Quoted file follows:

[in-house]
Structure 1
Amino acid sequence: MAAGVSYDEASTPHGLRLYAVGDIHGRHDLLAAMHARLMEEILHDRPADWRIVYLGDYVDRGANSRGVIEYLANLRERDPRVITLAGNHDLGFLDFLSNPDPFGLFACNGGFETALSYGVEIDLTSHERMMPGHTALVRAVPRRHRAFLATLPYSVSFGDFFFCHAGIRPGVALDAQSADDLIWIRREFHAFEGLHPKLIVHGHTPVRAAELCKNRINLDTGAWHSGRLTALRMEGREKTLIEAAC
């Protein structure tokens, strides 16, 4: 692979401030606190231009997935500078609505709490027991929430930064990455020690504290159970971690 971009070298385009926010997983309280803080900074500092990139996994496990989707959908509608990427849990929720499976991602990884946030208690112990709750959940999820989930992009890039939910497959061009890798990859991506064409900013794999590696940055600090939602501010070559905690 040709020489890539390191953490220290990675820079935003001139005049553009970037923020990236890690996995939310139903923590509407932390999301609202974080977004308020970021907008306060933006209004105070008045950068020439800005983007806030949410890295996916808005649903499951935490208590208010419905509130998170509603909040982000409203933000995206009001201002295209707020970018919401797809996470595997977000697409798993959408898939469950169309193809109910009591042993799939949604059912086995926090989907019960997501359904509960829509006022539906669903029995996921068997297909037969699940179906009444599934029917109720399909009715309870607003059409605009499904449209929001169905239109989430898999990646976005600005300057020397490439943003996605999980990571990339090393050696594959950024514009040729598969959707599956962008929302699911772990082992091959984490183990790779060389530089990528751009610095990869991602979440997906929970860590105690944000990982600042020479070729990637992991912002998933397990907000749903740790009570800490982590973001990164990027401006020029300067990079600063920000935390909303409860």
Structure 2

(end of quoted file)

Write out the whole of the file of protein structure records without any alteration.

[in-house]
Structure 1
Amino acid sequence: MAAGVSYDEASTPHGLRLYAVGDIHGRHDLLAAMHARLMEEILHDRPADWRIVYLGDYVDRGANSRGVIEYLANLRERDPRVITLAGNHDLGFLDFLSNPDPFGLFACNGGFETALSYGVEIDLTSHERMMPGHTALVRAVPRRHRAFLATLPYSVSFGDFFFCHAGIRPGVALDAQSADDLIWIRREFHAFEGLHPKLIVHGHTPVRAAELCKNRINLDTGAWHSGRLTALRMEGREKTLIEAAC
């Protein structure tokens, strides 16, 4: 692979401030606190231009997935500078609505709490027991929430930064990455020690504290159970971690 971009070298385009926010997983309280803080900074500092990139996994496990989707959908509608990427849990929720499976991602990884946030208690112990709750959940999820989930992009890039939910497959061009890798990859991506064409900013794999590696940055600090939602501010070559905690 040709020489890539390191953490220290990675820079935003001139005049553009970037923020990236890690996995939310139903923590509407932390999301609202974080977004308020970021907008306060933006209004105070008045950068020439800005983007806030949410890295996916808005649903499951935490208590208010419905509130998170509603909040982000409203933000995206009001201002295209707020970018919401797809996470595997977000697409798993959408898939469950169309193809109910009591042993799939949604059912086995926090989907019960997501359904509960829509006022539906669903029995996921068997297909037969699940179906009444599934029917109720399909009715309870607003059409605009499904449209929001169905239109989430898999990646976005600005300057020397490439943003996605999980990571990339090393050696594959950024514009040729598969959707599956962008929302699911772990082992091959984490183990790779060389530089990528751009610095990869991602979440997906929970860590105690944000990982600042020479070729990637992991912002998933397990907000749903740790009570800490982590973001990164990027401006020029300067990079600063920000935390909303409860």
Structure 2